Characterization of rapidly adhering amniotic fluid cells by combined immunofluorescence and phagocytosis assays

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Abstract

Culture of human amniotic-fluid cells from cases of fetal neural tube defects produces a population of rapidly adhering cells that were initially thought to be macrophages and later interpreted to be of neural origin. In this study double and triple labeling systems for the simultaneous detection of glial and macrophage differentiation marker antigens have been used to demonstrate that rapidly adhering cells cannot be considered a homogeneous population but instead represent two distinct cell types. One of these cell populations is of glial origin and shows specific staining for glial fibrillary acidic protein, while the other population is monocyte-derived macrophages which express marker antigens recognized by Leu M3, KiM7, and Dako antimacrophage monoclonal antibodies.

Original languageEnglish
Pages (from-to)786-792
Number of pages7
JournalAmerican Journal of Human Genetics
Volume45
Issue number5
Publication statusPublished - 1989

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Amniotic Fluid
Phagocytosis
Fluorescent Antibody Technique
Differentiation Antigens
Neuroglia
Population
Macrophages
Neural Tube Defects
Glial Fibrillary Acidic Protein
Monoclonal Antibodies
Staining and Labeling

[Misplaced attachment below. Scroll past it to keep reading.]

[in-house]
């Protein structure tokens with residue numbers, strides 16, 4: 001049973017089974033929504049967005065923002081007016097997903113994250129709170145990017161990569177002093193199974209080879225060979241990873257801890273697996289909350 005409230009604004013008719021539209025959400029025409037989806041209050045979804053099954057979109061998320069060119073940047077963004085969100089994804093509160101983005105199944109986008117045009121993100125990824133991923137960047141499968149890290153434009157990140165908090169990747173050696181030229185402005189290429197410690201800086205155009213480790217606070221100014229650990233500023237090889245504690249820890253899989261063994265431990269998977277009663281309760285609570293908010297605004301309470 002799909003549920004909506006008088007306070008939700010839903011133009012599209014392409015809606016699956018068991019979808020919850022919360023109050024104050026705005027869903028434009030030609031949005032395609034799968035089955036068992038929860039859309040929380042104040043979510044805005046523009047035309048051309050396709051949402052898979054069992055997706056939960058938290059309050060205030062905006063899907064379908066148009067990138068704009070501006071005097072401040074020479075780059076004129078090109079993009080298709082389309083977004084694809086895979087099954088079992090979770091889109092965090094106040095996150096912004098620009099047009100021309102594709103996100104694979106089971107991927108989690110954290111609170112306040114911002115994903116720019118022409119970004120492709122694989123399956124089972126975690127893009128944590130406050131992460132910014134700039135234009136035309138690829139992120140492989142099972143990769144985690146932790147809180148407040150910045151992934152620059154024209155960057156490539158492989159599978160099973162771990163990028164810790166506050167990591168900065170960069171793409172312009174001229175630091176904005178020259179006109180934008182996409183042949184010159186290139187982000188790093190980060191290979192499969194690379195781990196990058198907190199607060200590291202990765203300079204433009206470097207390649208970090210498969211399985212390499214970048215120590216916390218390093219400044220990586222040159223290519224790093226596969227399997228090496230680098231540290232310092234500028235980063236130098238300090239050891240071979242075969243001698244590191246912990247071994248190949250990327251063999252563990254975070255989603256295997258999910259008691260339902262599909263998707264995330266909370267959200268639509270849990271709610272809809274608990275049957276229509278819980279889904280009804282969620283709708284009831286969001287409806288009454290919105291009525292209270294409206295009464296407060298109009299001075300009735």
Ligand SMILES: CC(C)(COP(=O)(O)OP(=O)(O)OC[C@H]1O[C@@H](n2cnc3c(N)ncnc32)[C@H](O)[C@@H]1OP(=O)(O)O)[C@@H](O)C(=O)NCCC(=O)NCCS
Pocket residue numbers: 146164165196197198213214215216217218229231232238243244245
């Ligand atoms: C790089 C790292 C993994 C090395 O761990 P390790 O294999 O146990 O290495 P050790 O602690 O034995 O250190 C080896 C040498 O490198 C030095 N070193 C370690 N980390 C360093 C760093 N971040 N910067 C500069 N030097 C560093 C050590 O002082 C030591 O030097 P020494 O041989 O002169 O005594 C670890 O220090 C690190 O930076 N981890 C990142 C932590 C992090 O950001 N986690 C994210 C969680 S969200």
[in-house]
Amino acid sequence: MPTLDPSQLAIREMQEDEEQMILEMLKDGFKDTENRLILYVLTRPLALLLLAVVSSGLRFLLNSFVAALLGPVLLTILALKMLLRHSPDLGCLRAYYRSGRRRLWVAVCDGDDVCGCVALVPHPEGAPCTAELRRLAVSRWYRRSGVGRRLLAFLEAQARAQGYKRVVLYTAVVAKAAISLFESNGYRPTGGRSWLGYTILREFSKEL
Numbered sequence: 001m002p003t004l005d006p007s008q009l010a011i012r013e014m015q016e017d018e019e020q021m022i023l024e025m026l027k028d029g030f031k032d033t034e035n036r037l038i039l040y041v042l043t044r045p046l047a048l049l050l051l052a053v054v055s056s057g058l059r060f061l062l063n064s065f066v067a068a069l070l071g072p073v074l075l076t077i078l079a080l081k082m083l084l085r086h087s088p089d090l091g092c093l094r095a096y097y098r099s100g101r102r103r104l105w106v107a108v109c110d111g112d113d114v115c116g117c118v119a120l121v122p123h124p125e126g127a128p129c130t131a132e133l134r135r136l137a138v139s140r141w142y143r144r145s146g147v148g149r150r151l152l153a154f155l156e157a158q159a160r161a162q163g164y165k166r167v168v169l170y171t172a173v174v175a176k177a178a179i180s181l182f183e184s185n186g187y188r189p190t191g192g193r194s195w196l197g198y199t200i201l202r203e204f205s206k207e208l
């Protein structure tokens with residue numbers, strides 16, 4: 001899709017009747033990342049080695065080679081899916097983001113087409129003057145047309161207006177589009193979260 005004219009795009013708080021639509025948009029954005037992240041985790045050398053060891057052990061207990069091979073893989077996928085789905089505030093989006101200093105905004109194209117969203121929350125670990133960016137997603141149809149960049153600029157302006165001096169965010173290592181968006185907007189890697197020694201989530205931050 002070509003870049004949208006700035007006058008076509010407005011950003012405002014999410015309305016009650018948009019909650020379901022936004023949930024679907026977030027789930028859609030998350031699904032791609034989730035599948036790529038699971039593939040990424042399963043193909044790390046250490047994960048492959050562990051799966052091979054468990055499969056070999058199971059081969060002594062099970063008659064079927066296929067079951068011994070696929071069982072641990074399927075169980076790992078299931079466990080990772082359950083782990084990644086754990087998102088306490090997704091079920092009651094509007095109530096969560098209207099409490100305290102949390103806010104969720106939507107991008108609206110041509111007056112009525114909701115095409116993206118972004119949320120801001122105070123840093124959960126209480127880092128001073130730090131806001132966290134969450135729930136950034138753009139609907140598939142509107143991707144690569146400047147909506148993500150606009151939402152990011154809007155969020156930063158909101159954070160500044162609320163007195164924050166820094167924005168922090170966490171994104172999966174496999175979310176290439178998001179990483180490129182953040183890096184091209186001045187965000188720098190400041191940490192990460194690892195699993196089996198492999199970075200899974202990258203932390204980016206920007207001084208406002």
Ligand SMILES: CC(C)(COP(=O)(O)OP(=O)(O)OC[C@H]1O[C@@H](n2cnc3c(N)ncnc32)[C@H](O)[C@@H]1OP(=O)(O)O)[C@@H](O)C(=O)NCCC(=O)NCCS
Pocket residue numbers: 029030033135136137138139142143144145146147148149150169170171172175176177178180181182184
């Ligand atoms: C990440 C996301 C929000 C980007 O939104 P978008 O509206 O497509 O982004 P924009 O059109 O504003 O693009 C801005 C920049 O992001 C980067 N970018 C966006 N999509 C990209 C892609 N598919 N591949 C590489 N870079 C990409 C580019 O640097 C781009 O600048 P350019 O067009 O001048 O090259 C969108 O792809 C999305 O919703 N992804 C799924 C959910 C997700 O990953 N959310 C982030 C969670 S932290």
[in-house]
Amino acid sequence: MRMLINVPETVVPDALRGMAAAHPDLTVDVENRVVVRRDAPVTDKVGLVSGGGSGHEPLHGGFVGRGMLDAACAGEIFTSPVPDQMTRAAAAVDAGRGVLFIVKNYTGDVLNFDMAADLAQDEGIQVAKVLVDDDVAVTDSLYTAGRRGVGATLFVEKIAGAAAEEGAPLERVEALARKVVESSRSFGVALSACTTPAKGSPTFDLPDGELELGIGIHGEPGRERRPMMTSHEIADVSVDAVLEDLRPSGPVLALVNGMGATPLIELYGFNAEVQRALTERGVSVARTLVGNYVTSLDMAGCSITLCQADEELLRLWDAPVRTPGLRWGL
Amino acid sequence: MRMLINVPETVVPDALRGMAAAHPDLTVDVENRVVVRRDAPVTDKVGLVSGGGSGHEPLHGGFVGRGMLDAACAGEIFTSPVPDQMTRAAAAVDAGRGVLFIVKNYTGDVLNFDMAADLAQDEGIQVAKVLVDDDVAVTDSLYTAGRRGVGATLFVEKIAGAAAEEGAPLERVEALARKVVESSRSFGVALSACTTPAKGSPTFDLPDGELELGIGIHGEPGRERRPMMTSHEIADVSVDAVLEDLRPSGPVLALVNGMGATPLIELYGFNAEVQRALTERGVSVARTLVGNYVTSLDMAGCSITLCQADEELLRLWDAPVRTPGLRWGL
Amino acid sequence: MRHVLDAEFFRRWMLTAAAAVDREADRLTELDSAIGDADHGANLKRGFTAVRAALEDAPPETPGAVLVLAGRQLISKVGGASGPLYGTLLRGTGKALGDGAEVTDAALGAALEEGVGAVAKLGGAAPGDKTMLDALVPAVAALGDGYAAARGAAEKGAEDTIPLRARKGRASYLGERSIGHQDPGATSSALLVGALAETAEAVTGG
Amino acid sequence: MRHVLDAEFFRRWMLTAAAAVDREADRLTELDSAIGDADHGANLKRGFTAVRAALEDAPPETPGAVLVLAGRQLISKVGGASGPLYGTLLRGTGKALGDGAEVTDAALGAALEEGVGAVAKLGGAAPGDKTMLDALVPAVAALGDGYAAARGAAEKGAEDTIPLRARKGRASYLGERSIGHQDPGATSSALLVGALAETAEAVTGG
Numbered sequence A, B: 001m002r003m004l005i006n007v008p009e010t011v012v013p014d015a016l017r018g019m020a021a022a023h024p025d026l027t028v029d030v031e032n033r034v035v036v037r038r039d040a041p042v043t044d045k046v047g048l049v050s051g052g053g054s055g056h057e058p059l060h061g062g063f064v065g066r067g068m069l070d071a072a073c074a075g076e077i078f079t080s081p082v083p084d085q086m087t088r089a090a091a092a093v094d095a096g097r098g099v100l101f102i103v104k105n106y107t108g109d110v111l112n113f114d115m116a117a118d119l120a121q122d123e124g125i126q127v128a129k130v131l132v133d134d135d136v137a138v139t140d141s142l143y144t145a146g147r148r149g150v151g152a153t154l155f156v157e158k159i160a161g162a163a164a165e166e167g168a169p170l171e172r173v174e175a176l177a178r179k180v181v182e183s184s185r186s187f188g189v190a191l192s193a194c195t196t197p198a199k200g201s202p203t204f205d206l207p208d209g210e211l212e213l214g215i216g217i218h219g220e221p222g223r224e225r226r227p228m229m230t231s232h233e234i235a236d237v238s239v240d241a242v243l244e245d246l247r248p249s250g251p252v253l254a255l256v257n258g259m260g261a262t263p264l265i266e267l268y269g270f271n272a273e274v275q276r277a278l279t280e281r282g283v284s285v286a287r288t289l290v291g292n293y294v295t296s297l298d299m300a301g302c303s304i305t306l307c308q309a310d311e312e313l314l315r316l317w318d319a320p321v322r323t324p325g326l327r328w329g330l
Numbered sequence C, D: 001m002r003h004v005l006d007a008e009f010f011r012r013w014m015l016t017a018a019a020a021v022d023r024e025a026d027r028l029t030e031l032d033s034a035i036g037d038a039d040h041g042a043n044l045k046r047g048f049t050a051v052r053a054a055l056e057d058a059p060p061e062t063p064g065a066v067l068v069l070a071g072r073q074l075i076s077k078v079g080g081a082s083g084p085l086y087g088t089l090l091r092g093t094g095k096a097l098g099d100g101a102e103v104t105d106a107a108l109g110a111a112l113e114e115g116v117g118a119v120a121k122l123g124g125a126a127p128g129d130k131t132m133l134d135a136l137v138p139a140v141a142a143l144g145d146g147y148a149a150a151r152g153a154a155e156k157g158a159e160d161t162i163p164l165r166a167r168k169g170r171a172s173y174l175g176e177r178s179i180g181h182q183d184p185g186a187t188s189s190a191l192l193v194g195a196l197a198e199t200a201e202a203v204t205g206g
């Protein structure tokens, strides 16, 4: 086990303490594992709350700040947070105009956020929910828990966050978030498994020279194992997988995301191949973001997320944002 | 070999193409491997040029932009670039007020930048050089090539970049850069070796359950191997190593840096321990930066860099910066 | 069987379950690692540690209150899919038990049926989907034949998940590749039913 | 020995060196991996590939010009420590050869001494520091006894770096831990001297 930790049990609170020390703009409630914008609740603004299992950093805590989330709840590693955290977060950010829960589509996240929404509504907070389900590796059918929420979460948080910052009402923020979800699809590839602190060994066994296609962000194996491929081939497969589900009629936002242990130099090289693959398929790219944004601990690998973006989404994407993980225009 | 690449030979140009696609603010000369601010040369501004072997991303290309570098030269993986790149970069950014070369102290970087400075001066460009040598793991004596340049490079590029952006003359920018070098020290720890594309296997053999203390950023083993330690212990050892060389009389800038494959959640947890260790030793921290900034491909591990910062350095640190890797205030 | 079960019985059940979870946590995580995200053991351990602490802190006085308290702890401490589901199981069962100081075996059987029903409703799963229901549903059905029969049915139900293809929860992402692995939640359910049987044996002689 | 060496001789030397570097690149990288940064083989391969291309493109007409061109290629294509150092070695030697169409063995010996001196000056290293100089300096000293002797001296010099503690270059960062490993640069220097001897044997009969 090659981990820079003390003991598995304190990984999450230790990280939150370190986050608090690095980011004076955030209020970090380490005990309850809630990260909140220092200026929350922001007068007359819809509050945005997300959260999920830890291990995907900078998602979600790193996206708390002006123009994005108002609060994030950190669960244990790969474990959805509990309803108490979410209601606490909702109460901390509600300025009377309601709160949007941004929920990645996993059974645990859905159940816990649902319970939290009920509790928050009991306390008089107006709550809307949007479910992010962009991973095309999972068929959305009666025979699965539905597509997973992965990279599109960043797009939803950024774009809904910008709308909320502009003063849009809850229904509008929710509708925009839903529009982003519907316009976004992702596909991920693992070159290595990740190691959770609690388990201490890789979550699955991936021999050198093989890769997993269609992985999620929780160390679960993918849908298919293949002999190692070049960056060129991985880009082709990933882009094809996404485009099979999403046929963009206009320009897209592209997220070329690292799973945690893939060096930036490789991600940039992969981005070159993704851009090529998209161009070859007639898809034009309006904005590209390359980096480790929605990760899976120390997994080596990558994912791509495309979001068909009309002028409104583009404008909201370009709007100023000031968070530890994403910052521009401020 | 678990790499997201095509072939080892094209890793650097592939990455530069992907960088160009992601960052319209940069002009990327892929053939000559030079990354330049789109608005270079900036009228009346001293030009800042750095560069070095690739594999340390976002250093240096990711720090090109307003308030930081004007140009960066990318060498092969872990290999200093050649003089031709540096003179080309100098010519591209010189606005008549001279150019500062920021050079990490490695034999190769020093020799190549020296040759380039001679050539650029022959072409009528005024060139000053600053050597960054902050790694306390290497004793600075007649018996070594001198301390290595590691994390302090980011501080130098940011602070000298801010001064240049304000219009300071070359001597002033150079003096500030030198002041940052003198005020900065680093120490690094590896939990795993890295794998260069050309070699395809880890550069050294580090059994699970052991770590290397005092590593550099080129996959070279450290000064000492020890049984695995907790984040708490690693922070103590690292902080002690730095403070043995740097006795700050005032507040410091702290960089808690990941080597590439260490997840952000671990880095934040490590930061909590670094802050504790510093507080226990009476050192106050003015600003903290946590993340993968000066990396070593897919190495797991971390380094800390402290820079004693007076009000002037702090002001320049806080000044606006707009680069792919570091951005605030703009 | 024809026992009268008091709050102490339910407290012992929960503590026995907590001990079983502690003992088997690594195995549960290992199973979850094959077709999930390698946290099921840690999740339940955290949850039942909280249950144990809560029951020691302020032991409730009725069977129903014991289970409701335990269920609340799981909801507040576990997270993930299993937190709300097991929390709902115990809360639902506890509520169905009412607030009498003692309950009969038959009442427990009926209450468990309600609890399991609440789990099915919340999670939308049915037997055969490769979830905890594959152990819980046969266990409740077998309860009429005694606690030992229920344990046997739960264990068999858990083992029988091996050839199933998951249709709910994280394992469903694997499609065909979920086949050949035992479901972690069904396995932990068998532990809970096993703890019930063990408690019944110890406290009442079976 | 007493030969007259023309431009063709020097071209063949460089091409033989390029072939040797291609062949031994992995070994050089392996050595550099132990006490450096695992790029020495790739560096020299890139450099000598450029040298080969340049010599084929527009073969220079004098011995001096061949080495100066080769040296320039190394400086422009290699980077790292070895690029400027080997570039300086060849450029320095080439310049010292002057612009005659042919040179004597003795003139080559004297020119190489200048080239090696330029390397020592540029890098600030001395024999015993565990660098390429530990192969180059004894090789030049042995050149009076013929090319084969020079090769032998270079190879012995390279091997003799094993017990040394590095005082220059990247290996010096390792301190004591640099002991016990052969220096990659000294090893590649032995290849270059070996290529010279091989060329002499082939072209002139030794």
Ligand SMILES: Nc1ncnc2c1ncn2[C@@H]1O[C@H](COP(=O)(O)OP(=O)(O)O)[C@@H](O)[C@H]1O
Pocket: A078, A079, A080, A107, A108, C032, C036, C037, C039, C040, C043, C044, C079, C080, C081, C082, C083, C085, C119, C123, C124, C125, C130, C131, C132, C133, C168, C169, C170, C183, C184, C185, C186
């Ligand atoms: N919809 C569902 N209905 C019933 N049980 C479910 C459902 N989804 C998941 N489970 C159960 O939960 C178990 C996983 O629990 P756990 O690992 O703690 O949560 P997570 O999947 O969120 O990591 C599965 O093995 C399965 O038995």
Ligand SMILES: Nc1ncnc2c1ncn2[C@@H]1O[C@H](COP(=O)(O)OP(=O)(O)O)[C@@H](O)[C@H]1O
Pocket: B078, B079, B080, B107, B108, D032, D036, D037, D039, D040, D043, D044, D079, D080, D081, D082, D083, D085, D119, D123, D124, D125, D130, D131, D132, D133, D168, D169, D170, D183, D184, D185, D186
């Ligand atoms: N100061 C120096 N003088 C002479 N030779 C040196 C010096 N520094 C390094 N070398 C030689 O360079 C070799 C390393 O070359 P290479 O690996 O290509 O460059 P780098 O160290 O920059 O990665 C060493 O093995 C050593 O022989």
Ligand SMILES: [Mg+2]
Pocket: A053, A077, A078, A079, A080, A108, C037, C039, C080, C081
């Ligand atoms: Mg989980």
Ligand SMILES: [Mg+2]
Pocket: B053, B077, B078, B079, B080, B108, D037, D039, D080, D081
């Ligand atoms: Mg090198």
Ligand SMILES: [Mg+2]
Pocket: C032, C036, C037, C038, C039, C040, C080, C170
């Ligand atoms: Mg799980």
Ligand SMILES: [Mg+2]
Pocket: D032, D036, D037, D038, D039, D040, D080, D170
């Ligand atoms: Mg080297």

ASJC Scopus subject areas

  • Genetics

Cite this

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abstract = "Culture of human amniotic-fluid cells from cases of fetal neural tube defects produces a population of rapidly adhering cells that were initially thought to be macrophages and later interpreted to be of neural origin. In this study double and triple labeling systems for the simultaneous detection of glial and macrophage differentiation marker antigens have been used to demonstrate that rapidly adhering cells cannot be considered a homogeneous population but instead represent two distinct cell types. One of these cell populations is of glial origin and shows specific staining for glial fibrillary acidic protein, while the other population is monocyte-derived macrophages which express marker antigens recognized by Leu M3, KiM7, and Dako antimacrophage monoclonal antibodies.",
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AU - Polgar, K.

AU - Ádány, R.

AU - Abel, G.

AU - Kappelmayer, J.

AU - Muszbek, L.

AU - Papp, Z.

PY - 1989

Y1 - 1989

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AB - Culture of human amniotic-fluid cells from cases of fetal neural tube defects produces a population of rapidly adhering cells that were initially thought to be macrophages and later interpreted to be of neural origin. In this study double and triple labeling systems for the simultaneous detection of glial and macrophage differentiation marker antigens have been used to demonstrate that rapidly adhering cells cannot be considered a homogeneous population but instead represent two distinct cell types. One of these cell populations is of glial origin and shows specific staining for glial fibrillary acidic protein, while the other population is monocyte-derived macrophages which express marker antigens recognized by Leu M3, KiM7, and Dako antimacrophage monoclonal antibodies.

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